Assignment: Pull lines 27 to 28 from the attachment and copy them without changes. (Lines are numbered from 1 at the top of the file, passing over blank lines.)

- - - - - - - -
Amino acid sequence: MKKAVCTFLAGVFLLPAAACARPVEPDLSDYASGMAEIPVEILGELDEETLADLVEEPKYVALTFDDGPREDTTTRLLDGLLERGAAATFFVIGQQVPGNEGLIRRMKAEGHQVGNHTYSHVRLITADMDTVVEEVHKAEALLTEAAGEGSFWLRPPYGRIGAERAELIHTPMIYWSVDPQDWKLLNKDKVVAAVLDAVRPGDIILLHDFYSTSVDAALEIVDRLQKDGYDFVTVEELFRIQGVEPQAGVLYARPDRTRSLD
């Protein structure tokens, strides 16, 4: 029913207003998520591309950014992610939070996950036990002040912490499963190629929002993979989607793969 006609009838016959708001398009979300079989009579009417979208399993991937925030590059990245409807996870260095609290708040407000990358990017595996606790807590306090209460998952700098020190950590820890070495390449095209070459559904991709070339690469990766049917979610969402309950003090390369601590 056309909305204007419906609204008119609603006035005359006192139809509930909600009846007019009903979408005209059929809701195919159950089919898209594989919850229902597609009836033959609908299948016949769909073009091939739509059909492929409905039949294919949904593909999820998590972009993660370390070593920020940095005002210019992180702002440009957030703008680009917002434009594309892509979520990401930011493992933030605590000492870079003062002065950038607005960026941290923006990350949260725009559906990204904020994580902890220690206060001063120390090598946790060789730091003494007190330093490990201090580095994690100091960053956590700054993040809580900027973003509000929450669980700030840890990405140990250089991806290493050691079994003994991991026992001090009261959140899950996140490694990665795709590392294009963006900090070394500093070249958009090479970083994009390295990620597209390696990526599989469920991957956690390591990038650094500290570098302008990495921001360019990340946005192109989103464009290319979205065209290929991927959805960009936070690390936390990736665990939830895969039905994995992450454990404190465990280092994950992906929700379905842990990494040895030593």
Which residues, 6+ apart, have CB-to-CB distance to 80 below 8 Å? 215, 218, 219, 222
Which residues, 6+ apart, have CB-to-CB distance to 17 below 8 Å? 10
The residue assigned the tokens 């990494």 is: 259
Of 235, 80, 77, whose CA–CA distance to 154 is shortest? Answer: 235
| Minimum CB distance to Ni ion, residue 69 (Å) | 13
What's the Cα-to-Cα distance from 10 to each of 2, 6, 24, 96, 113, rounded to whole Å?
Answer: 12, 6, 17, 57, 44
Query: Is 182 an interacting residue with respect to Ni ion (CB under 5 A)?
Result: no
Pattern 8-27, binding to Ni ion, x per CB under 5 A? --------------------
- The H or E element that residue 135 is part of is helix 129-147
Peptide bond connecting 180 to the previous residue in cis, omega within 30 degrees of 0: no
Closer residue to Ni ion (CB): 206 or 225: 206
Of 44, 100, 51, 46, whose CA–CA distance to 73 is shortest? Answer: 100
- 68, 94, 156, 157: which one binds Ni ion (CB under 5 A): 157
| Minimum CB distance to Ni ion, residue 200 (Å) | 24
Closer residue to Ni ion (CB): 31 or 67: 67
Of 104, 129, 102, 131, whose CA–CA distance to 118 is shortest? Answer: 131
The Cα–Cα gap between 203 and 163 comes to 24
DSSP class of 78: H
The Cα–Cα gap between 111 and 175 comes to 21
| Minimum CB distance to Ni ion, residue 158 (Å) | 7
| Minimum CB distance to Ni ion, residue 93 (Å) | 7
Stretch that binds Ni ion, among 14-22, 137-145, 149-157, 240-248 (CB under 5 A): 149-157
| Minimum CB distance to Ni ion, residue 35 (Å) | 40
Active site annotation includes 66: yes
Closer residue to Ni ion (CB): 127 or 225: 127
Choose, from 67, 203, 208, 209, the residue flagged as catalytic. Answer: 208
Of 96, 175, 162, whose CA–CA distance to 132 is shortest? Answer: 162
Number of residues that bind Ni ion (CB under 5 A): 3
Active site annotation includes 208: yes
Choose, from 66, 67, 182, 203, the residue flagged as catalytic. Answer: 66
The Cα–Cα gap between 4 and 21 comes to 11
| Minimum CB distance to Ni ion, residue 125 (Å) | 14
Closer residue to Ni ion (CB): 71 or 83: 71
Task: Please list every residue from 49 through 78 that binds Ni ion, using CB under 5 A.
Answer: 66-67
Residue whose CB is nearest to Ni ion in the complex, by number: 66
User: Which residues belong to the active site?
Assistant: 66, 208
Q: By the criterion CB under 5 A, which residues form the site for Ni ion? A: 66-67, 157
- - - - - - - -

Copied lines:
| Minimum CB distance to Ni ion, residue 35 (Å) | 40
Active site annotation includes 66: yes